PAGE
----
A Canadian firm is hoping to take traditional system management software a step further by offering a network card that can not only alert administrators to network problems but fix them.
Symbium Corp. in Ottawa made its debut this
week with its first product, the Intelligent Secure Automatic Controller (ISAC). Based on an embedded computer that fits like a network card into a host server’s PCI slot, ISAC uses a policy-based software engine to perform fault recovery, root cause analyses, unauthorized software/task blocking and scheduled automation of preventative maintenance routines.
Jay Litkey, Symbium’s founder and vice-president of technology, said the idea for ISAC came out of his background at Bell Northern Research, where switch technology provided telephone networks a degree of reliability that isn’t seen in many data centres.
“You can’t be part of the thing you’re trying to manage,” he said. “The principle in telecom that we know is you can’t just do that with software” because software agents can end up taking up CPU resources from the host server and bog the network down.
Litkey likens ISAC to a flight data recorder and autoplilot in an airplane — ISAC sends alerts when problem occur but also takes network “snapshots” at two-minute intervals so that the causes don’t disappear. That information is then bundled as a report that gets sent to the user. “Sometimes you’ll get to the computer and there’s no sign of anything anymore. You reboot, and you lose the forensics,” he said. “You have to preserve the scene of the crime.”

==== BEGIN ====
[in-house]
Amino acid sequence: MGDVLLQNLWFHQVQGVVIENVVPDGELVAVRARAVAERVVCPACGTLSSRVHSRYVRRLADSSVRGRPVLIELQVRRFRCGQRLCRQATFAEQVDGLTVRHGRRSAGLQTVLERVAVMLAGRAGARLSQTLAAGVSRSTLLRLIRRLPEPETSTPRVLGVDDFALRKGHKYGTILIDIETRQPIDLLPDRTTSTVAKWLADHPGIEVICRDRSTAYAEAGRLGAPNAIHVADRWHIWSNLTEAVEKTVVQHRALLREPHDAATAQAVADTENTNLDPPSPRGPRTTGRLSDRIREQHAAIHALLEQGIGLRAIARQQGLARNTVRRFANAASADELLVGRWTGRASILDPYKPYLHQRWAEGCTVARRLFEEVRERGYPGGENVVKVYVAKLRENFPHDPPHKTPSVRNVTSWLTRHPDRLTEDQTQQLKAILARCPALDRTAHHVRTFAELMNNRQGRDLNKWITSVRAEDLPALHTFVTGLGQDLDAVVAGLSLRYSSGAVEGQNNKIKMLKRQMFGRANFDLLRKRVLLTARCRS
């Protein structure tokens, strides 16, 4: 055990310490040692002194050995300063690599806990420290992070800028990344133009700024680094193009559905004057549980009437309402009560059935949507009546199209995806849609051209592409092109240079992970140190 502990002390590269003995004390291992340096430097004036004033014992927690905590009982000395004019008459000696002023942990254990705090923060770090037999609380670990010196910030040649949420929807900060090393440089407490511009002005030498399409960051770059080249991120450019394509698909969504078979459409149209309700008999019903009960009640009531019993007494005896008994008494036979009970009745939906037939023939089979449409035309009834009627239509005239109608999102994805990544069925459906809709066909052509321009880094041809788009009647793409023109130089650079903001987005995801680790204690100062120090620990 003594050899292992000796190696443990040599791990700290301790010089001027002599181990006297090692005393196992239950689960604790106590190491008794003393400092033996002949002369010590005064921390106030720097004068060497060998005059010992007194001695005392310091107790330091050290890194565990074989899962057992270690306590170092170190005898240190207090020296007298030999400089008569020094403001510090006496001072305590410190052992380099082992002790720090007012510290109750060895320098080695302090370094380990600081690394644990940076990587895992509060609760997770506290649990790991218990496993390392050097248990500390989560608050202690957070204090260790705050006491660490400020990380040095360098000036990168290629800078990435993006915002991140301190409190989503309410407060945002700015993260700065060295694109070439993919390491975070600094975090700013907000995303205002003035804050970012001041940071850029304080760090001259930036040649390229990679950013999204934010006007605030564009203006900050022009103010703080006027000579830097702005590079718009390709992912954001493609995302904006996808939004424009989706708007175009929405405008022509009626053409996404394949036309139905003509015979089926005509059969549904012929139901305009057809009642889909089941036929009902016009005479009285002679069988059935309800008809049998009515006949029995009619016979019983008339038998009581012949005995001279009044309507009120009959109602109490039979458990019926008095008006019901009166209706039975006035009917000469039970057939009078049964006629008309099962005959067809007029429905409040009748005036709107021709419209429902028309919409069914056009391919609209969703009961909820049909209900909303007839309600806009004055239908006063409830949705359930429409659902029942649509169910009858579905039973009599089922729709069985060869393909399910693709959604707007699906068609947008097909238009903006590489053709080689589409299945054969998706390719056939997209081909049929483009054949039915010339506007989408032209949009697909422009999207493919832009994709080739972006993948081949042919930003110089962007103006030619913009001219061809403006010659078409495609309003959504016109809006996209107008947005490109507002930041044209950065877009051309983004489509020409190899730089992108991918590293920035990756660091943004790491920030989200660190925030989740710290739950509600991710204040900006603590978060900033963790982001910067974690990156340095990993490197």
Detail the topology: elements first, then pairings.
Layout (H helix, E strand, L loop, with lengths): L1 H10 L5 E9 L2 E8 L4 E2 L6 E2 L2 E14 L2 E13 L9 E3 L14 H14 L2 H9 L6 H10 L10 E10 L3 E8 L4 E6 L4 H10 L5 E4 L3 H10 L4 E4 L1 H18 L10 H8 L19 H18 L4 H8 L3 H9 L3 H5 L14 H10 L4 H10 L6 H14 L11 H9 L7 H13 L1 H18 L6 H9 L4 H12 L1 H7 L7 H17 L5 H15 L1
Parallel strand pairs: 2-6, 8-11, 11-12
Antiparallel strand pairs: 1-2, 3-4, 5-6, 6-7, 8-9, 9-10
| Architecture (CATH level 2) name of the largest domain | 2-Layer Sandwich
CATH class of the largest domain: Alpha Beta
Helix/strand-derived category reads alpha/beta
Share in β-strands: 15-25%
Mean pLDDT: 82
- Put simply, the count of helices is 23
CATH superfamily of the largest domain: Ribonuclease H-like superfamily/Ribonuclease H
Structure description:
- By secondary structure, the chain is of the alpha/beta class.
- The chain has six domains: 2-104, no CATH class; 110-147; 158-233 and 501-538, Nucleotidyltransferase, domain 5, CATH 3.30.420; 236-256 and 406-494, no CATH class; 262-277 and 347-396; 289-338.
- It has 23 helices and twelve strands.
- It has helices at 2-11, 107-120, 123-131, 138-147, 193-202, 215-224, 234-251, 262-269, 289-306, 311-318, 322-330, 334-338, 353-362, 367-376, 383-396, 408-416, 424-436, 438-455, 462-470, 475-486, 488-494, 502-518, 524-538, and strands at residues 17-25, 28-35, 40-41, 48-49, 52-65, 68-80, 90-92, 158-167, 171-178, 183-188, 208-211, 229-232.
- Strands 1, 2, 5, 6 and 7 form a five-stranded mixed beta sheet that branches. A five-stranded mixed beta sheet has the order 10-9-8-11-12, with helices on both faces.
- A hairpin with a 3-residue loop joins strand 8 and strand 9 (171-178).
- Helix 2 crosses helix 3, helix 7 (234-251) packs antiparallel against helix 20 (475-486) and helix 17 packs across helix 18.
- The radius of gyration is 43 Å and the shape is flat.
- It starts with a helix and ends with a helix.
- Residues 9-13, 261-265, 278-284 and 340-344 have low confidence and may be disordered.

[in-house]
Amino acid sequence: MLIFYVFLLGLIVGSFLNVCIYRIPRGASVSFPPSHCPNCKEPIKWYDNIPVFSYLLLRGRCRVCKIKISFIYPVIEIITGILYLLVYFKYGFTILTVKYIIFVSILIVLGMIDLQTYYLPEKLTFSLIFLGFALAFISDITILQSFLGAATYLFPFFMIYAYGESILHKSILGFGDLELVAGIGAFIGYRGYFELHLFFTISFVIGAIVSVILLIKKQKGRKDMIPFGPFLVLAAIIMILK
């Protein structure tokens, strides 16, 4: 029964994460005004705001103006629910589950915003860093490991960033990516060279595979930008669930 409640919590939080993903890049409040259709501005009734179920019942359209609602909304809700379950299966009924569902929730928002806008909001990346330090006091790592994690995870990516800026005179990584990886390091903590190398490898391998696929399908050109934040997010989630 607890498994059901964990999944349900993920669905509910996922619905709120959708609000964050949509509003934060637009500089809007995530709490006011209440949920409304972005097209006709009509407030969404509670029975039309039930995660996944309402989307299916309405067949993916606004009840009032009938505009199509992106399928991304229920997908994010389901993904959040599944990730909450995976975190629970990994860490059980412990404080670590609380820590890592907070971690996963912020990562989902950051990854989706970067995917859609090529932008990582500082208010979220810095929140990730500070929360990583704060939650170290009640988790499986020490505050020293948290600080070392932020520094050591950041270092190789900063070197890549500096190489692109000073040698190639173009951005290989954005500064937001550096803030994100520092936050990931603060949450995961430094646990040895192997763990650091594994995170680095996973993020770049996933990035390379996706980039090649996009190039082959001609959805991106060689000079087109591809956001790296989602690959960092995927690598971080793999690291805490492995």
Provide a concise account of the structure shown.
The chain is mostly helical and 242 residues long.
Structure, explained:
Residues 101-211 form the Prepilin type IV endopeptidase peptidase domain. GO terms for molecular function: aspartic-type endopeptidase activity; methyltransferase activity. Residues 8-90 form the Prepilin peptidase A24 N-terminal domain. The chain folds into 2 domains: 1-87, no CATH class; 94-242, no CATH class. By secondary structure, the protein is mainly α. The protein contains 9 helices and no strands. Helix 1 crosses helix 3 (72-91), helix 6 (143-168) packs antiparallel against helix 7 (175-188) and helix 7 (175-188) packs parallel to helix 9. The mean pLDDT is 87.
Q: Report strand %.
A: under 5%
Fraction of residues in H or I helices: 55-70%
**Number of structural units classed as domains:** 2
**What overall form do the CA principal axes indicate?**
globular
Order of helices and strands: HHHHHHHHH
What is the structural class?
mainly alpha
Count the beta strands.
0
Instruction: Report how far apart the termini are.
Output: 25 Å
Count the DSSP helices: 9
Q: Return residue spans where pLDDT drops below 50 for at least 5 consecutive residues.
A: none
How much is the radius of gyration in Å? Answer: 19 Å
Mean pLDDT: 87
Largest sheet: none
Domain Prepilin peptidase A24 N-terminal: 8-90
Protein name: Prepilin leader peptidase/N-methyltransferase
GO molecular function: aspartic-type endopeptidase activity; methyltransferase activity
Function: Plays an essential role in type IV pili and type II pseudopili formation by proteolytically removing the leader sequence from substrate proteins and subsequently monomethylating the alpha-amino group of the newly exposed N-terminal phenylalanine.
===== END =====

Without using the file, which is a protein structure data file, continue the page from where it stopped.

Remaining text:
ISAC contains preprogrammed policies to stop or kill off offending applications, parse files or handle other problems before the whole network comes down. It also does this locally, Litkey said, without “saturating” the network. That was part of the appeal for London, Ont.-based Nerds On Site, an IT repair service that has been piloting ISAC for about four months. James Keenleyside-Richter, the company’s data centre director, said the tool has allowed its team to remotely access clients and have a few technicians managing multiple sites.
“We’ve used it to enhance a service contract and save our guys a lot of time and energy. They get busy and you want to put out fires as quickly as possible, and this is one of the ways of doing it,” he said. “It’s a great tool, but Symbium has taken product to another level by fixing issues and not just letting us know about them. Does it fix a lot of major issues? That’s to be determined.”
Although it can be used as a standalone product, Symbium does not intend to compete with system management tools such as IBM’s Tivoli line or Computer Associates’ Unicenter. ISAC integrates with Tivoli as well as HP’s OpenView software, for example.
“This is not something where we’re going to go into the enterprise and tell them to take everything out,” he said. “It’s about offering additional functionality.”
Symbium will be offering ISAC exclusively through reseller channel at a price of $62 per server a month for the software, hardware, and management console. “We can’t afford to knock on doors one at a time to sell something direct,” he said.
ISAC is designed for Windows servers, but a Linux version is in development, the company said.
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